Jump to content

McLuvin175

TU Member
  • Content Count

    124
  • Joined

  • Last visited

  • Days Won

    3

McLuvin175 last won the day on November 20 2018

McLuvin175 had the most liked content!

Community Reputation

60 Excellent

About McLuvin175

  • Rank
    Member

Recent Profile Visitors

666 profile views
  1. Never add hardener during heating. Always add to cold virgin plastic and mix thoroughly. If that is what your doing and it is not mixing then something is going on. Whose plastic are you adding the hardener to?
  2. It might be only 320F where your reading with your thermometer; especially if it is an IR type. Right where that flame is hitting that pan that plastic is probably easily 400F +. Its called a "hot spot". Constant stirring will help but with that setup you'll never not burn plastic. For a small amount like that you cant beat a cheap microwave. Did you add any hardener to that mix? That may explain the blob that wont mix in.
  3. What colorant / color were you using? What was the "load" on that colorant?
  4. Hard to tell just from a pic, but it looks like either Zooms version of Cotton Candy with Black and Blue Flake. Could more likely be Carolina Pumpkin as well. (Hat tip to Land Big Fish for the Pic)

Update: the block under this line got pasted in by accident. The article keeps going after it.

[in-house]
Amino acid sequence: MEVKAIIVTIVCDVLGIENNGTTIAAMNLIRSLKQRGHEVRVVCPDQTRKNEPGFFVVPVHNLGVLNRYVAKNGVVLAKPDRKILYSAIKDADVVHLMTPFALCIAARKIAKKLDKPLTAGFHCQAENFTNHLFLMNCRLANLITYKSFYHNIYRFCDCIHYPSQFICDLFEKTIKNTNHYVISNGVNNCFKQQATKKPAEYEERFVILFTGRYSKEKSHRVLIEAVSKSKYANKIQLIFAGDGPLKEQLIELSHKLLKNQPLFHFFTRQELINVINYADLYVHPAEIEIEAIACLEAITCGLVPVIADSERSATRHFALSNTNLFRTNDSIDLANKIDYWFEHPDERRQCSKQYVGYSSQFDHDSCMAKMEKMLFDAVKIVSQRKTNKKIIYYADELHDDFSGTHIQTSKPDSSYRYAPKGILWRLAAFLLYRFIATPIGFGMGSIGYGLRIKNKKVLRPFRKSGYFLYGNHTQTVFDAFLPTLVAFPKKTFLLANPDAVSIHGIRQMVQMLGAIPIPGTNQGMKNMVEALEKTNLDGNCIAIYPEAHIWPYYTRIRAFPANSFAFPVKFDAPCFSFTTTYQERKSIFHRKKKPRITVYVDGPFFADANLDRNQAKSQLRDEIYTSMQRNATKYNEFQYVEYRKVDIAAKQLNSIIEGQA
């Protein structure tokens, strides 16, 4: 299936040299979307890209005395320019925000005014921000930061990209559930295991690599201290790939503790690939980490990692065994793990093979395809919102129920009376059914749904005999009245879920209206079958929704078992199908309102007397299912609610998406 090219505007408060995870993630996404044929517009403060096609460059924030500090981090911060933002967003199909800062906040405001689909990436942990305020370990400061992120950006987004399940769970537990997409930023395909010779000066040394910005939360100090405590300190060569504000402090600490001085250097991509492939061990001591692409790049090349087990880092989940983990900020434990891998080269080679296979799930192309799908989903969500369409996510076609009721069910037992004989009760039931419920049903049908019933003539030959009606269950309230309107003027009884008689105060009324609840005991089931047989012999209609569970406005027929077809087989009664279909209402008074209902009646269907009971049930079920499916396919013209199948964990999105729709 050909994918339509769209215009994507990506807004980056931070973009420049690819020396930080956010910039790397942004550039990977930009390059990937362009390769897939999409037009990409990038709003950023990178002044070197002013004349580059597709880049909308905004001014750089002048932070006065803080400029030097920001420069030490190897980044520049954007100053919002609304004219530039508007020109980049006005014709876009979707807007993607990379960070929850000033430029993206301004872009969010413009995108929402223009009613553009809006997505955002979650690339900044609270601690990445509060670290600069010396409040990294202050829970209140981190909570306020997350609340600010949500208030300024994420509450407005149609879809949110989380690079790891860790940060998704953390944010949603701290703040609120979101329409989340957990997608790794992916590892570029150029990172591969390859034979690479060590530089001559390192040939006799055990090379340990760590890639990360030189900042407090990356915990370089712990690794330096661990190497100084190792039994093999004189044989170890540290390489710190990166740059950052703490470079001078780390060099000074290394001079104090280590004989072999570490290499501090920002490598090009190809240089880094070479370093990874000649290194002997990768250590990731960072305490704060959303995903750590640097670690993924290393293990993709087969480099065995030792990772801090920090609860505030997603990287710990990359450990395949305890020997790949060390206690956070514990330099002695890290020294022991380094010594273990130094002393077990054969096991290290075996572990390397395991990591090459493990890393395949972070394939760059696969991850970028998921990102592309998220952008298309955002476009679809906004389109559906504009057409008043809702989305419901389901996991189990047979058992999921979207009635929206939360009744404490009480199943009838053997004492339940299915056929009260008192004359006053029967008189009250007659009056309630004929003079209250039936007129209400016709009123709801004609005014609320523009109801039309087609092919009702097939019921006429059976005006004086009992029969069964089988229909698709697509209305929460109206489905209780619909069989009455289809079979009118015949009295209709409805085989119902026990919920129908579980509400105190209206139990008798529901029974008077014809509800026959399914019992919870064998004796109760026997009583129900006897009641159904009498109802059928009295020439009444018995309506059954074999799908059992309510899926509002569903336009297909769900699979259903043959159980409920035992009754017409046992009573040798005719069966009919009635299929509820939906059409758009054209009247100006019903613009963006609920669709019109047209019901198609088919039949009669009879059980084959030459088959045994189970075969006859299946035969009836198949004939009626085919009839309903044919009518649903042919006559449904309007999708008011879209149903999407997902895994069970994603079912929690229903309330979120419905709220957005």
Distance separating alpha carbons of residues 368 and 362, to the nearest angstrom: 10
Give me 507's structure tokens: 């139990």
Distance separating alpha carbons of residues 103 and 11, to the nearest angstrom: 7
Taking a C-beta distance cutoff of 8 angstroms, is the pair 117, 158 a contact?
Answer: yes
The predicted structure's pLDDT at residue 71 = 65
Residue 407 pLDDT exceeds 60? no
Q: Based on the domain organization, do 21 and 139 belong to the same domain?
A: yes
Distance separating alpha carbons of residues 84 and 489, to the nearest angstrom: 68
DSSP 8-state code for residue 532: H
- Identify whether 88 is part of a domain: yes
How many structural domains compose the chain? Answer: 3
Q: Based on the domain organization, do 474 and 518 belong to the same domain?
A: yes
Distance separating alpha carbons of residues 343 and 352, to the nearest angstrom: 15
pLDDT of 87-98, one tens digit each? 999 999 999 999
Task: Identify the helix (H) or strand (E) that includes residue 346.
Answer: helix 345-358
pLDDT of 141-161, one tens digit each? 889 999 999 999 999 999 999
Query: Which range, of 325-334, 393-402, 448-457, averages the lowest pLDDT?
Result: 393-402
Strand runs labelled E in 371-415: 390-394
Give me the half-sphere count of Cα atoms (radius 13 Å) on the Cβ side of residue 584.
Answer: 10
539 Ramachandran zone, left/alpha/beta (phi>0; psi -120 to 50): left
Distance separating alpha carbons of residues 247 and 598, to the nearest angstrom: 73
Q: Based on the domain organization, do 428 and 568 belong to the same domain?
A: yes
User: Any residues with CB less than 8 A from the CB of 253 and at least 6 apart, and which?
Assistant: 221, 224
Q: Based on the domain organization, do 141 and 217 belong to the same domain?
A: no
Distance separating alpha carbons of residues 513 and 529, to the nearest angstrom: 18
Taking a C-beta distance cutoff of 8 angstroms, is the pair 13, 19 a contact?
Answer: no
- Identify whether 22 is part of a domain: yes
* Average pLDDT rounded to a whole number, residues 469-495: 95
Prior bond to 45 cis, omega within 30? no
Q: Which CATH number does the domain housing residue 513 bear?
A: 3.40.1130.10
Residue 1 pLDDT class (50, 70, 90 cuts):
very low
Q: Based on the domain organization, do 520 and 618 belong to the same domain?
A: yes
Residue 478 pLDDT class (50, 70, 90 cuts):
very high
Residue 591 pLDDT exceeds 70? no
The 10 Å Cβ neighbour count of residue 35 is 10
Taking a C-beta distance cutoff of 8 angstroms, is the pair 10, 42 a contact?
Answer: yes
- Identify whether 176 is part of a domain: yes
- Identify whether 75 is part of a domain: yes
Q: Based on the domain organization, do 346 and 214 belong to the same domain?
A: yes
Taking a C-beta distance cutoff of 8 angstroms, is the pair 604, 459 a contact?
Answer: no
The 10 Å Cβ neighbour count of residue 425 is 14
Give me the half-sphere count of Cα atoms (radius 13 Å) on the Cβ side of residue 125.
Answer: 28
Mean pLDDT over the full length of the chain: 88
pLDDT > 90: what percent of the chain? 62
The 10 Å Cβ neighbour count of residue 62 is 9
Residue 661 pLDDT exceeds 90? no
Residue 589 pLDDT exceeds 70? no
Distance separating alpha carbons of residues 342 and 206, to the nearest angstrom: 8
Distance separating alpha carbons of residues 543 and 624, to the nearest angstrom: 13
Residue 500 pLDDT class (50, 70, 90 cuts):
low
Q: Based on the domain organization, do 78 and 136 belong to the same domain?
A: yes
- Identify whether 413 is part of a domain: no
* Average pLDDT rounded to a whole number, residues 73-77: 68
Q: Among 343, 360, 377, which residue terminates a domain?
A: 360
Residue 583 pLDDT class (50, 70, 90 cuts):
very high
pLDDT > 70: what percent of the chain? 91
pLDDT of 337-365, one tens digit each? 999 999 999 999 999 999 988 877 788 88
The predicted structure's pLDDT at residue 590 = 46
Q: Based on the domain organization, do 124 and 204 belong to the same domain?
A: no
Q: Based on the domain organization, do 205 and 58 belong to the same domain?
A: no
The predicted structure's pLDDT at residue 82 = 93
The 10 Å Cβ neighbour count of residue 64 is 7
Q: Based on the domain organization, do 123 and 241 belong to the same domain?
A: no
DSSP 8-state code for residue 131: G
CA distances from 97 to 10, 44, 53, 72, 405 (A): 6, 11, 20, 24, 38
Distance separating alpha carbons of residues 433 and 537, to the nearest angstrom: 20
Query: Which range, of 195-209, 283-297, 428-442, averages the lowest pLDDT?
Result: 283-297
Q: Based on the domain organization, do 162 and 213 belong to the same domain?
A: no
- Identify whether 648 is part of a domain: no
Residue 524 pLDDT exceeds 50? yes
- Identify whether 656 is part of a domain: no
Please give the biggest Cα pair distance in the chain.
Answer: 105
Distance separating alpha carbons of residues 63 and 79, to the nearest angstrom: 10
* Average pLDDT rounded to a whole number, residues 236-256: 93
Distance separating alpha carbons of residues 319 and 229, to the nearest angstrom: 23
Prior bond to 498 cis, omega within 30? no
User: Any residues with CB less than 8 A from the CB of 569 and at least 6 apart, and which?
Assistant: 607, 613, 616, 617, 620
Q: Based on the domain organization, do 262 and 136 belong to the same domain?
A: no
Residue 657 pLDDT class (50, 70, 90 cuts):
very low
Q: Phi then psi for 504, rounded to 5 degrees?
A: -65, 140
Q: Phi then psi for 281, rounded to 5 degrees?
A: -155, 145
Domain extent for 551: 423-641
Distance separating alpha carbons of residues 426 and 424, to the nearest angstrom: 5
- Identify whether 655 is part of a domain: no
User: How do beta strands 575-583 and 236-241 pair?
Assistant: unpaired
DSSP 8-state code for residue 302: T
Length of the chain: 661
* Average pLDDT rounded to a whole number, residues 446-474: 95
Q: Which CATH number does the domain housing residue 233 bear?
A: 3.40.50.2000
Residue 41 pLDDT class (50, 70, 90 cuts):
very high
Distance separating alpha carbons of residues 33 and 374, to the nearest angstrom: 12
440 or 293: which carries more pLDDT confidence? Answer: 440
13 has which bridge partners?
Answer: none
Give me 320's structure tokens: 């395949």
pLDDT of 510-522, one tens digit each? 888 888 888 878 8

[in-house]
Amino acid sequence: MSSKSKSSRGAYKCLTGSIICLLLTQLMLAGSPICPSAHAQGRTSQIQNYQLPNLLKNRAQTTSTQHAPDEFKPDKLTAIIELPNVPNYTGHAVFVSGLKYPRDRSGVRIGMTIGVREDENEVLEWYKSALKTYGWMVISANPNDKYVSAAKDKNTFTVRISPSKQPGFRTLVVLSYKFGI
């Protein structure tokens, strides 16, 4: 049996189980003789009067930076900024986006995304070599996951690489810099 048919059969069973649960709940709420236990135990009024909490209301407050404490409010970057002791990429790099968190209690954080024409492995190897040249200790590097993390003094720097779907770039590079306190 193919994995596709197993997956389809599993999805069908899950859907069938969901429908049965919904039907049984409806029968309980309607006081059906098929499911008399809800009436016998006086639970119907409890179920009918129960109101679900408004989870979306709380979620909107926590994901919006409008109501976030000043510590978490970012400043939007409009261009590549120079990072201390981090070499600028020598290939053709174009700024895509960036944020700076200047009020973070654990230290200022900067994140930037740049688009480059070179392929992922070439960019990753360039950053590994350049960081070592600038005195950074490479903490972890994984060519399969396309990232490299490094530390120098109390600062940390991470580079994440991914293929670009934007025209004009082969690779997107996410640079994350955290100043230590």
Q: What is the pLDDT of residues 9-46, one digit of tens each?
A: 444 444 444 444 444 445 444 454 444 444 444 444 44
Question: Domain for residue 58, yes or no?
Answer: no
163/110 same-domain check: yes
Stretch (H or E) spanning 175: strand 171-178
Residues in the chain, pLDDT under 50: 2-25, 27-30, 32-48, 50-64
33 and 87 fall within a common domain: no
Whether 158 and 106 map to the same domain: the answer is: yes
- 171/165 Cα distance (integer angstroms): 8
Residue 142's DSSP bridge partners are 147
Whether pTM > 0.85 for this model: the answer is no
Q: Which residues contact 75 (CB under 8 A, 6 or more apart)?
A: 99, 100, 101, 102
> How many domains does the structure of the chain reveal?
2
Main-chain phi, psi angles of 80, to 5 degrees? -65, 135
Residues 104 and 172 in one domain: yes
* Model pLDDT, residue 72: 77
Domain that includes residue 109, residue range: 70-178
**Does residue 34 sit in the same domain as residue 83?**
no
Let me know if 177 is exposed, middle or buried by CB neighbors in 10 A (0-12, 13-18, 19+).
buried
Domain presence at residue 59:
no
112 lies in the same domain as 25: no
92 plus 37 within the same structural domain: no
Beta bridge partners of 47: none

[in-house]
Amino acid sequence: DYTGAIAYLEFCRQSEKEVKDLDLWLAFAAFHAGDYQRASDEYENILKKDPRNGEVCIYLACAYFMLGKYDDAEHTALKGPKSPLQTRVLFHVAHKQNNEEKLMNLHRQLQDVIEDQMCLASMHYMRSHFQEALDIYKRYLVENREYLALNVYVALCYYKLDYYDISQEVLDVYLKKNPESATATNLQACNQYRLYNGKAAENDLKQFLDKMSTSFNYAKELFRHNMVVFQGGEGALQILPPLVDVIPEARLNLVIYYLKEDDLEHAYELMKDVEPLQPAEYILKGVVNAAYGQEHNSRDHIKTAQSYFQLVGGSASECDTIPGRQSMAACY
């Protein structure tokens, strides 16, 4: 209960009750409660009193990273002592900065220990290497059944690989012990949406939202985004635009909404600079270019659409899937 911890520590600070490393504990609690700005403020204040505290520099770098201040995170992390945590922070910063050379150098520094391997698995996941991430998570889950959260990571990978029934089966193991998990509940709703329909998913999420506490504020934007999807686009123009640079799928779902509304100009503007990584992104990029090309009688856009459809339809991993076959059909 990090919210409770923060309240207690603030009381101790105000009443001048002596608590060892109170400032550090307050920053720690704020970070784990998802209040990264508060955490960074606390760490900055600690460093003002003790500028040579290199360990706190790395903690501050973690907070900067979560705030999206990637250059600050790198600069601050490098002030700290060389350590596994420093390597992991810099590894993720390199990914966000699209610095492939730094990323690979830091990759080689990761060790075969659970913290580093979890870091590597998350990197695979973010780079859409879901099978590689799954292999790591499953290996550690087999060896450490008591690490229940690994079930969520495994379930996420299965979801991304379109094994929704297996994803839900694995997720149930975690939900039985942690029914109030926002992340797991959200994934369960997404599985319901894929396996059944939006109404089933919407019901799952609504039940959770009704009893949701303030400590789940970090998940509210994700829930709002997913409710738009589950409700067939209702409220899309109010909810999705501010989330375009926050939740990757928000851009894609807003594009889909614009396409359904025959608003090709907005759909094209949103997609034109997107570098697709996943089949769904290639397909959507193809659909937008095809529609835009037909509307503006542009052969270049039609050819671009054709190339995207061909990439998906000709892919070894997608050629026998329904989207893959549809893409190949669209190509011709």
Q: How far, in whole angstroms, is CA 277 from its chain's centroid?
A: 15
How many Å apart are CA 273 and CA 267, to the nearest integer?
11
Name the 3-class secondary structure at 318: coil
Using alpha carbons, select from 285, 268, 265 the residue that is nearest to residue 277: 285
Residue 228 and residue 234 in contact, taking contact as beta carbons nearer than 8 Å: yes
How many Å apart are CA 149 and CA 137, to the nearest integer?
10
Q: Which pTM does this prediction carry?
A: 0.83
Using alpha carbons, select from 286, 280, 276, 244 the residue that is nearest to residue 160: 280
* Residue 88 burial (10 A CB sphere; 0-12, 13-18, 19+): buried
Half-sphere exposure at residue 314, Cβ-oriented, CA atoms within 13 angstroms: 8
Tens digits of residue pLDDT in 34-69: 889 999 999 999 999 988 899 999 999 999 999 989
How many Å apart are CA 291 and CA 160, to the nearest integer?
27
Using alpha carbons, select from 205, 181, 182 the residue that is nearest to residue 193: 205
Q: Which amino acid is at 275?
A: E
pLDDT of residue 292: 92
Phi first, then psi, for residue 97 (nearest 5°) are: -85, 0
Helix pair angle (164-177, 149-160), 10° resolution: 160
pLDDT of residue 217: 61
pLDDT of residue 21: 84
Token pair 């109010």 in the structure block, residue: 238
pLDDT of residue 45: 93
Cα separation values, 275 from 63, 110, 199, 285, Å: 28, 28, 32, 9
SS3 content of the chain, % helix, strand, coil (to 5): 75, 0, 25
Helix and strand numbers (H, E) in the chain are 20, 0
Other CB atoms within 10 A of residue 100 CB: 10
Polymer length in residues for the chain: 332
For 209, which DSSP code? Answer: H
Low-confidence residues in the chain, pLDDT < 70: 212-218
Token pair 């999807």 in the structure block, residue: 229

5. Which Chartreuse are you using?
  6. I guess it depends on which manufacturers bait you are trying to match. In all the Houdini colors Ive seen the base (belly) color is Sand colorant with small (0.015") and medium copper glitter (0.035"/0.040"). You can find Sand 208 at LureWorks if you want the exact color. If you have Carolina Pumpkin you could make that work, just keep it light and that should make a good substitute. Oh and the back color is Watermelon Red Flake.
  7. Heres the White: https://www.ispikeit.com/product/293/white-3012 . For small jobs you could consider the Worm Paint in Unscented or Garlic here: https://www.ispikeit.com/category/4/lure-paints For even bigger jobs or production work you could step up to their VPI series here: https://www.ispikeit.com/category/85/vpi-paint That should keep you busy.
  8. The FB consensus is wrong. I don't know where they get their colorant but its not from LureWorks. I don't think its from any of the other known sources either like MF or Lurecraft etc.
  9. If your trying to match the original Bass Assassin "Chicken on a Chain" belly you need regular green glow powder. Use about 1/4 tsp of Natural Glow and 1/4 tsp Silver 0.015" Glitter per cup of plastic and that should be good. The glow powder is what gives it the milky-ness.